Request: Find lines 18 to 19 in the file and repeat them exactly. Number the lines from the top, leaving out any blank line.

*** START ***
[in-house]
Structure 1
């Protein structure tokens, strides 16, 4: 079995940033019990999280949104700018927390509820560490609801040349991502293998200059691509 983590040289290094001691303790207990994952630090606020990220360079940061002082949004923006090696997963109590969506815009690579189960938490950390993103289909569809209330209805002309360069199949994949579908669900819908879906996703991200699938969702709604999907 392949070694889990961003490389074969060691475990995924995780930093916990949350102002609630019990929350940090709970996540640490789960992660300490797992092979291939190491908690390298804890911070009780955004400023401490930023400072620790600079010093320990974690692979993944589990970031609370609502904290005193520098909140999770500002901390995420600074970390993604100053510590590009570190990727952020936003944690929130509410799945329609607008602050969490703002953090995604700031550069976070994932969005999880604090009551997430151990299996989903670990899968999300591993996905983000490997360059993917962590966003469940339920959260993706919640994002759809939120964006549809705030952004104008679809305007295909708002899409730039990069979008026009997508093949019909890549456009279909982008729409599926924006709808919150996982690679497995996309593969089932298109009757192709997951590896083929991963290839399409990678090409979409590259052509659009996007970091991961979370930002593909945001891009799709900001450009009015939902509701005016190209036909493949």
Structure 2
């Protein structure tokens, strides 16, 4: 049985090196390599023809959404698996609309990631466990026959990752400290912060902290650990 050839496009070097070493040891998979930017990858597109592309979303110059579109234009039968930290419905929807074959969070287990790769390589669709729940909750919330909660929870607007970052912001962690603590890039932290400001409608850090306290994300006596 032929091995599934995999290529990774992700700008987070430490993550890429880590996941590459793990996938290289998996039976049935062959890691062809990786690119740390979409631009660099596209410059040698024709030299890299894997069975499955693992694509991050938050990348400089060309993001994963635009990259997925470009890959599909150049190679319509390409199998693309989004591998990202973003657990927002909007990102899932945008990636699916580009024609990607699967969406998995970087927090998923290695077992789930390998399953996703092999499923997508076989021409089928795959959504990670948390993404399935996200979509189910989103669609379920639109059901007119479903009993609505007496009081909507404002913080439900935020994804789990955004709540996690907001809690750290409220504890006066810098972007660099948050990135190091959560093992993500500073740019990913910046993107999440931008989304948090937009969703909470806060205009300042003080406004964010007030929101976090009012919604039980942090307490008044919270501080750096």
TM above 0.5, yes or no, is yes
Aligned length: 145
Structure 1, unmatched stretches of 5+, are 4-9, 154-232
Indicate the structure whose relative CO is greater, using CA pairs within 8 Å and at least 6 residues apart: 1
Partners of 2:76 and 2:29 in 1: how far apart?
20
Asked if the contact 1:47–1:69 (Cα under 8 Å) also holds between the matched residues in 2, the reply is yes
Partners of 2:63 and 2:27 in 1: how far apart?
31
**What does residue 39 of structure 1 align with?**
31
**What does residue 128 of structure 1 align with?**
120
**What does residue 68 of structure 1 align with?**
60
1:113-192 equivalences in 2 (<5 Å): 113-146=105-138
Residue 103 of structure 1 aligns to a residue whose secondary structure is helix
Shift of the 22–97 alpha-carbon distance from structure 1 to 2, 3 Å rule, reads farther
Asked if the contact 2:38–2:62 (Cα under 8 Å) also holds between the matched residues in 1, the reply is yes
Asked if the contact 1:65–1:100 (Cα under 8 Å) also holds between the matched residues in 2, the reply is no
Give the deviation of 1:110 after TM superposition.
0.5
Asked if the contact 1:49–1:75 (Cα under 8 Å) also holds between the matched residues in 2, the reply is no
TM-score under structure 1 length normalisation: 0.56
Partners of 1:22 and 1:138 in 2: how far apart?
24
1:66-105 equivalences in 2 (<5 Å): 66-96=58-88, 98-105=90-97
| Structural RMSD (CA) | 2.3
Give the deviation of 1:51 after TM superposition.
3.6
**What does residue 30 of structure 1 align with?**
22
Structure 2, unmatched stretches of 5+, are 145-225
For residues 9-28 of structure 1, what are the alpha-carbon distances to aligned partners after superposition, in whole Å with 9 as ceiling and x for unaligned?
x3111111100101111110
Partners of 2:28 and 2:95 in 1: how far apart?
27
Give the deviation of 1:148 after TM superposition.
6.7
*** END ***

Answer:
120
**What does residue 68 of structure 1 align with?**